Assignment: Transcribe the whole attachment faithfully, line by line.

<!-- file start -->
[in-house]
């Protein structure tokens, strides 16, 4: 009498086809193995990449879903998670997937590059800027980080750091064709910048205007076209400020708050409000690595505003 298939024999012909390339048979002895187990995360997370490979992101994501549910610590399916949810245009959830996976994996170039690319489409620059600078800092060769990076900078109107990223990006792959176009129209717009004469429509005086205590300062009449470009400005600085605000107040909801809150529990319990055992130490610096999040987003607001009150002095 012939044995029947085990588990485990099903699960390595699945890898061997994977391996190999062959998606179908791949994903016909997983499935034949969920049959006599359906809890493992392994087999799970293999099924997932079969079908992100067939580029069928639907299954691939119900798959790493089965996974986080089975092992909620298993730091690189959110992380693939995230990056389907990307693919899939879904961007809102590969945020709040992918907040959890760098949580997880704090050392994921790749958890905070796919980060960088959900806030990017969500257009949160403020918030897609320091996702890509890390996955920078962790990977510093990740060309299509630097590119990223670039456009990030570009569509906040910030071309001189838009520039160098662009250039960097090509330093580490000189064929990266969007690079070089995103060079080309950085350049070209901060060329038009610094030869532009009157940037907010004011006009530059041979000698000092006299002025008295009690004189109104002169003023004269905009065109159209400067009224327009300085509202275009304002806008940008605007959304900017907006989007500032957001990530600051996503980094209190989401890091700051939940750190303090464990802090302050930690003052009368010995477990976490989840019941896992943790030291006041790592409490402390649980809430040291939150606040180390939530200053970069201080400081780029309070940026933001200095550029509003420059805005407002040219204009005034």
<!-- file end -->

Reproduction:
[in-house]
């Protein structure tokens, strides 16, 4: 009498086809193995990449879903998670997937590059800027980080750091064709910048205007076209400020708050409000690595505003 298939024999012909390339048979002895187990995360997370490979992101994501549910610590399916949810245009959830996976994996170039690319489409620059600078800092060769990076900078109107990223990006792959176009129209717009004469429509005086205590300062009449470009400005600085605000107040909801809150529990319990055992130490610096999040987003607001009150002095 012939044995029947085990588990485990099903699960390595699945890898061997994977391996190999062959998606179908791949994903016909997983499935034949969920049959006599359906809890493992392994087999799970293999099924997932079969079908992100067939580029069928639907299954691939119900798959790493089965996974986080089975092992909620298993730091690189959110992380693939995230990056389907990307693919899939879904961007809102590969945020709040992918907040959890760098949580997880704090050392994921790749958890905070796919980060960088959900806030990017969500257009949160403020918030897609320091996702890509890390996955920078962790990977510093990740060309299509630097590119990223670039456009990030570009569509906040910030071309001189838009520039160098662009250039960097090509330093580490000189064929990266969007690079070089995103060079080309950085350049070209901060060329038009610094030869532009009157940037907010004011006009530059041979000698000092006299002025008295009690004189109104002169003023004269905009065109159209400067009224327009300085509202275009304002806008940008605007959304900017907006989007500032957001990530600051996503980094209190989401890091700051939940750190303090464990802090302050930690003052009368010995477990976490989840019941896992943790030291006041790592409490402390649980809430040291939150606040180390939530200053970069201080400081780029309070940026933001200095550029509003420059805005407002040219204009005034």